One might assume that the July 2024 Thunderbolts movie would be based on a story about the Thunderbolts team in the comics, no? Well, as fans of Marvel comics are well aware, the movie’s team bears almost no resemblance to its most famous comics counterpart. In fact, never in the comics as of publication has the exact team of movie Thunderbolts appeared and fought together.
Like with Agatha, this isn’t a bad thing per se, but it makes speculation based on the comics difficult. However, rumors indicate that the movie will see the introduction of a comics team called the Squadron Supreme as its main antagonist. The Squadron Supreme is a team that is almost an exact copy of DC’s Justice League. This is no exaggeration, and to prove it, check out the 1985 Squadron Supreme 12-issue mini-series by Mark Gruenwald and Bob Hall. This mini-series introduces readers to the team — or, reintroduces, in a sense, if readers are fans of DC — and will give MCU fans an idea of who exactly this new Thunderbolts team will be facing off against.
If the Squadron Supreme doesn’t sound interesting, another rumored villain is the mysterious Sentry, whose comics origins are told in 2000’s The Sentry, a five-issue mini-series by Paul Jenkins and Jae Lee. Without spoiling too much from the series, the story tells the origins of the Sentry, an all-powerful superbeing who has been completely forgotten by the entire world. This five-issue run will catch MCU fans up to speed on everything they need to know about this potential Thunderbolts villain.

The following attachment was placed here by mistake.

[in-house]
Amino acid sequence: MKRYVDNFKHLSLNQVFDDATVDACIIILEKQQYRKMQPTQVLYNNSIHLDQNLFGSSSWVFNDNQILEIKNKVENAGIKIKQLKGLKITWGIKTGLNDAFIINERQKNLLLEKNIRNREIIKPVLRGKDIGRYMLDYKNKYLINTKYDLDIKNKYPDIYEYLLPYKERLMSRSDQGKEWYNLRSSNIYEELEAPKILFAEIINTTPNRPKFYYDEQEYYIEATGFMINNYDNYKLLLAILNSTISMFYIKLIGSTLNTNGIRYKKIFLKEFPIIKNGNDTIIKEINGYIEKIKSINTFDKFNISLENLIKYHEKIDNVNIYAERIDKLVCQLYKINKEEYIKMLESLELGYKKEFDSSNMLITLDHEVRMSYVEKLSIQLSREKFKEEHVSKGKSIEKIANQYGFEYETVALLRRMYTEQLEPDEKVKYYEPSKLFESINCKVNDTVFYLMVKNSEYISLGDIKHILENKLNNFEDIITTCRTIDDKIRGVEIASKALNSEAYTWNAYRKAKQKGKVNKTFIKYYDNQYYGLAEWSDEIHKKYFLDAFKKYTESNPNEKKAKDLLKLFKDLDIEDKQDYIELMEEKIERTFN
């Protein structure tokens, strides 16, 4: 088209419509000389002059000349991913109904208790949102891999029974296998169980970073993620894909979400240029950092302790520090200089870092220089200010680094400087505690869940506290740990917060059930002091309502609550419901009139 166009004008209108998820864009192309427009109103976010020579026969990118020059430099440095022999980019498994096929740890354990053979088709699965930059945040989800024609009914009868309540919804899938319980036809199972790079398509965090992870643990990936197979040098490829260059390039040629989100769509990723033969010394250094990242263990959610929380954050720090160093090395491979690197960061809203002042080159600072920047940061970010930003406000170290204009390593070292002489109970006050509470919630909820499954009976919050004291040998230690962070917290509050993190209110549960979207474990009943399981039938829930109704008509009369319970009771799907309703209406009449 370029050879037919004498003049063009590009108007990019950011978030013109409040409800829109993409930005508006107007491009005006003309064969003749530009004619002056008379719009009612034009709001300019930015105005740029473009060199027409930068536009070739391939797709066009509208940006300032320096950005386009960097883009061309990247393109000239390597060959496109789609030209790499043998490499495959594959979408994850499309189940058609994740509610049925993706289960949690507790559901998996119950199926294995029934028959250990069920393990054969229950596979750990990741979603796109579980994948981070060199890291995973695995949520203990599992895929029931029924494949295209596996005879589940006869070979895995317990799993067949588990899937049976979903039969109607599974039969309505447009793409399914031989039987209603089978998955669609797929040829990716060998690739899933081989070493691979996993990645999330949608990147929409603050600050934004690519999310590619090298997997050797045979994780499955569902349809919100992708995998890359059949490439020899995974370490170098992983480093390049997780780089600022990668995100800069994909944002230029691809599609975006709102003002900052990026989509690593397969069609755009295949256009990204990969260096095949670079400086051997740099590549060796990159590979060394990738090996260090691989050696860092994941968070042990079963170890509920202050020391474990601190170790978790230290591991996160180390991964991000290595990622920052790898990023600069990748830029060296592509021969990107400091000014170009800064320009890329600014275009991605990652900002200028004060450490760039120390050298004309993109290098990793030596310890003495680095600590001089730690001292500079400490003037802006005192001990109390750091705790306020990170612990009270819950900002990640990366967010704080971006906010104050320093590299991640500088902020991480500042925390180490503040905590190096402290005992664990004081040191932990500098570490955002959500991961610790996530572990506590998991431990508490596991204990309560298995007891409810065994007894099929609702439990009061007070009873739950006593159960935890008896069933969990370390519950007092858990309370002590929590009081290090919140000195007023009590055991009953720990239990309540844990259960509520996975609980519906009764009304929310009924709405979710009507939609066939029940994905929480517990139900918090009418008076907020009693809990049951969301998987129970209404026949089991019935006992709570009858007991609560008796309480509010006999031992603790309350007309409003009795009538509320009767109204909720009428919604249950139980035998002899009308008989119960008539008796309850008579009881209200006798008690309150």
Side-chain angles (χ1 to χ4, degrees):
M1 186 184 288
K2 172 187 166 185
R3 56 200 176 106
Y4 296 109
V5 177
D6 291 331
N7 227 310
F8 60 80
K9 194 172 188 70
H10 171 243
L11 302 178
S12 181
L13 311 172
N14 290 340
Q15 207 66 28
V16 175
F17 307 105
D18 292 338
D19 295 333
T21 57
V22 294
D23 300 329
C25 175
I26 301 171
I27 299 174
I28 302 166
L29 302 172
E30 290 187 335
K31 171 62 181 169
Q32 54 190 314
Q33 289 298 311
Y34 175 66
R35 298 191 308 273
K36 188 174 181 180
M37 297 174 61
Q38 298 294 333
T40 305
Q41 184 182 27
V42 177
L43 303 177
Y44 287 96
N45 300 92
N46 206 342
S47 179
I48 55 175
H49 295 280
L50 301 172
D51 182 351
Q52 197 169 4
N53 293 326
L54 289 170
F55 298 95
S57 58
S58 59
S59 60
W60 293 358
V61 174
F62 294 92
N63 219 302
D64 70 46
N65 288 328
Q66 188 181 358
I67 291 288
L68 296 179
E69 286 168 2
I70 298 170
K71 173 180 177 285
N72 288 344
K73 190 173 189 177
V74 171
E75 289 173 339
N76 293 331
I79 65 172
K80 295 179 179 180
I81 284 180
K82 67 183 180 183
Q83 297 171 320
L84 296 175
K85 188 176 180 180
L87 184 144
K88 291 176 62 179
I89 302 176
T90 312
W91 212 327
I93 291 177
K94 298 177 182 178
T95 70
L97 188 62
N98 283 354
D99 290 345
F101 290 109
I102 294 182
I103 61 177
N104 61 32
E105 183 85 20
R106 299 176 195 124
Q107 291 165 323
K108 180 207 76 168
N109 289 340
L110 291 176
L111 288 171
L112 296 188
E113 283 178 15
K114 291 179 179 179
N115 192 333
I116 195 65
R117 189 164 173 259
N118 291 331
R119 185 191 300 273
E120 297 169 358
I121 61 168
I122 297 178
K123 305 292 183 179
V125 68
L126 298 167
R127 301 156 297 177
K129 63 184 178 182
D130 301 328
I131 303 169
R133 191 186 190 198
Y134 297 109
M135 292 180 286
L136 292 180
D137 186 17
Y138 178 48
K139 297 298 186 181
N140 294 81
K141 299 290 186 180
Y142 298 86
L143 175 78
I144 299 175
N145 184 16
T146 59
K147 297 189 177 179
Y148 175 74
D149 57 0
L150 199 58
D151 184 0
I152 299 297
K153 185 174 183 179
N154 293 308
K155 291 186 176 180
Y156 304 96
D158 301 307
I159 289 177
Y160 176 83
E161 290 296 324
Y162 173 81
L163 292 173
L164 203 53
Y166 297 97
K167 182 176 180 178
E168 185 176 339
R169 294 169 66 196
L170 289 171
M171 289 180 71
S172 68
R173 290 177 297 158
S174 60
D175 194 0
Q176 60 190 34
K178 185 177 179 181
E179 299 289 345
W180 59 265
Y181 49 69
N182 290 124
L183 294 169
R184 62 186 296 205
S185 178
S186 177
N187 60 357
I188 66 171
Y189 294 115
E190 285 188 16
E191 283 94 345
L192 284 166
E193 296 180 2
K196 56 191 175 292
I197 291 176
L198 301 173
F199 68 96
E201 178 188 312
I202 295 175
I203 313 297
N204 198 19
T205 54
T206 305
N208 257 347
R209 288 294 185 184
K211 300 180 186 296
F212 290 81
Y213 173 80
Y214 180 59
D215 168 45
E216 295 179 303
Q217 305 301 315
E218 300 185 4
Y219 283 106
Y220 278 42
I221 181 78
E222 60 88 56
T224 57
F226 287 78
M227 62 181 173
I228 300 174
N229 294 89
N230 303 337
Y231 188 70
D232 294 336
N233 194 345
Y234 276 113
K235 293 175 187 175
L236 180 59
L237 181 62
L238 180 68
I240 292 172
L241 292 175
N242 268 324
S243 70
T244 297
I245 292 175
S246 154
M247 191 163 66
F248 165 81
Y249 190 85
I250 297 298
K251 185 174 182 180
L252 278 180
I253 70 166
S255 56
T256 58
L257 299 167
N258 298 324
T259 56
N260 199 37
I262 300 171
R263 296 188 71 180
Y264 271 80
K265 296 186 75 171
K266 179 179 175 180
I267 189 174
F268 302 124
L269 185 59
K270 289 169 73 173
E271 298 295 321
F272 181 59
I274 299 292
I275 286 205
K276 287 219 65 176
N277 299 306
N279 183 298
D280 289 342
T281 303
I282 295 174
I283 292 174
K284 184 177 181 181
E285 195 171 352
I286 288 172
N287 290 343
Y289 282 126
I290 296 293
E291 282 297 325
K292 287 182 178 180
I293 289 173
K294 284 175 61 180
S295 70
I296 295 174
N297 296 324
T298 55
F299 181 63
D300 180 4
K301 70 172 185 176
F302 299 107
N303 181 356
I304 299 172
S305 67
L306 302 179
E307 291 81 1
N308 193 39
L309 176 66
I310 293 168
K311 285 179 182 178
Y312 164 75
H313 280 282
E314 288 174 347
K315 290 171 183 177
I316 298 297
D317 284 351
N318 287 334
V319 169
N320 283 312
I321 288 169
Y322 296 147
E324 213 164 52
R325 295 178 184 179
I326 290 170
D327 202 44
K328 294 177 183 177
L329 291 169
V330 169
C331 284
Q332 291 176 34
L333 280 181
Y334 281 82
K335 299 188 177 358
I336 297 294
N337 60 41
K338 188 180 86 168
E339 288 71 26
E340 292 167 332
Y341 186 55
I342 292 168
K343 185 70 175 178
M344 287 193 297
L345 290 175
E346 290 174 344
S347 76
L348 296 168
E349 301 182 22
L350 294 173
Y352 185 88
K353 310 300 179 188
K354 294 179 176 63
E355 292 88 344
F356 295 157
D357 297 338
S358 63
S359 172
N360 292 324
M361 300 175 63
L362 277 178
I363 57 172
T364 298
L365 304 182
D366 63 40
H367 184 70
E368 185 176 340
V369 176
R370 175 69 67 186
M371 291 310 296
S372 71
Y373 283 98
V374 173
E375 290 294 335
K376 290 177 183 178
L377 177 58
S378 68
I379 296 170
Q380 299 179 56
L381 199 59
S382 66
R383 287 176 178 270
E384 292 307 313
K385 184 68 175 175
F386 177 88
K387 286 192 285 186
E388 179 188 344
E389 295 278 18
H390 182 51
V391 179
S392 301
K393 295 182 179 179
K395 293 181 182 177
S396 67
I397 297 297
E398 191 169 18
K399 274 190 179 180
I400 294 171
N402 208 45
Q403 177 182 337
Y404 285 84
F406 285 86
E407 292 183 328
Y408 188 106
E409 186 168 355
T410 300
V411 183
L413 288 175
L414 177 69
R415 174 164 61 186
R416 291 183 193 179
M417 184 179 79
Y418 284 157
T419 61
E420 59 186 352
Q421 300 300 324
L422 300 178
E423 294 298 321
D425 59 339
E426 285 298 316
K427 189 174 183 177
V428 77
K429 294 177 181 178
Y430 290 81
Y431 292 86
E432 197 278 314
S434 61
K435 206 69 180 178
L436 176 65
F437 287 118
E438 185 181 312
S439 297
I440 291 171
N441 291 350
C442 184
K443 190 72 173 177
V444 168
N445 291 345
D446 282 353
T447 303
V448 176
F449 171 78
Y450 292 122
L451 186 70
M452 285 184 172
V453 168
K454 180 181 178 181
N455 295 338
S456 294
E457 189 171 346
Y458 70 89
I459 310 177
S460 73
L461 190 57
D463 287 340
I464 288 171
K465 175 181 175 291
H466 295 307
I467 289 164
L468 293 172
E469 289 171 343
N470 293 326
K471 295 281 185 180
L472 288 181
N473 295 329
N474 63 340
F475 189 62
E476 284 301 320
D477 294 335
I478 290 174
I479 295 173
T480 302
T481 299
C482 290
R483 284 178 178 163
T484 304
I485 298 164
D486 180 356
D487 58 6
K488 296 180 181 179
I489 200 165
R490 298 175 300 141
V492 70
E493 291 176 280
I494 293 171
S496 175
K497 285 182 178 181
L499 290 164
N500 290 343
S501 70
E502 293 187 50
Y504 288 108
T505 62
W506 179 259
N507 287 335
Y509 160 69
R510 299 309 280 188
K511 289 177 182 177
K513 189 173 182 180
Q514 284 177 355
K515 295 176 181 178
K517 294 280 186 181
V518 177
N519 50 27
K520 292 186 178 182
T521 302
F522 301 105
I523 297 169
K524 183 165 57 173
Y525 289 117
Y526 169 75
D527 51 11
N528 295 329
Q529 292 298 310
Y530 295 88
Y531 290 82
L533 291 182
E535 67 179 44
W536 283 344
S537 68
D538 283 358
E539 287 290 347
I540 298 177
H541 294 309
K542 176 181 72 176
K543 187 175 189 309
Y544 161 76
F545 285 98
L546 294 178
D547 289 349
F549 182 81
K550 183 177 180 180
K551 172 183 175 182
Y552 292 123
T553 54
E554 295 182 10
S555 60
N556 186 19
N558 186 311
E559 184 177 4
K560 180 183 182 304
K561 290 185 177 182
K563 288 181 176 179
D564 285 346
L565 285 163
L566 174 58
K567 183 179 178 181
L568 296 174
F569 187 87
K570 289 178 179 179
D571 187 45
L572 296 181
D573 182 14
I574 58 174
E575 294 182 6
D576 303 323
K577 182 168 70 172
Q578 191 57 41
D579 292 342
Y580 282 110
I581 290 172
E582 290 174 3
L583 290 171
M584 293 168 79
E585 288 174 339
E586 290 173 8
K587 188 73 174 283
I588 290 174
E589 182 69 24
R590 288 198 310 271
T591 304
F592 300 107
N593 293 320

Fans actually know extremely little about the September 2024 Blade reboot, and as such, it is difficult to speculate on anything from featured characters to story elements that might inform what comics to read in preparation for the movie. As such, the first recommendation is based solely on a single casting rumor. Fans know that Milan Ray has been cast in an unknown as of publication but major role in the 2024 film.
Interestingly, February 2023 sees the comics re-introduction of Bloodline, Blade’s daughter. Furthermore, Blade’s daughter was originally supposed to be Fallon Grey, a canceled comics character. Either way, it might be worth keeping up-to-date on the 2023 comics series Bloodline: Daughter of Blade by Danny Lore and Karen S. Darboe.
Until February, fans excited about Blade can check out the 2006 12-issue mini-series Blade by Marc Guggenheim and Howard Chaykin. This series serves as a reboot of the character’s book, meaning it is an easy starting point for fans brand new to the Daywalker and his stories.
As fans look ahead to Phase 6 and beyond of the MCU, they will still find more stories adapted from even more comics. From Fantastic Four to Avengers: Secret Wars, there’s a whole library of comics waiting to be adapted in the near future. And who knows what has yet to be announced? Comics fans should get excited for even more of their favorite stories to be brought to life on the big screen.
Phase 5 of the MCU will begin with Ant-Man and the Wasp: Quantumania, which hits theaters on February 17, 2023.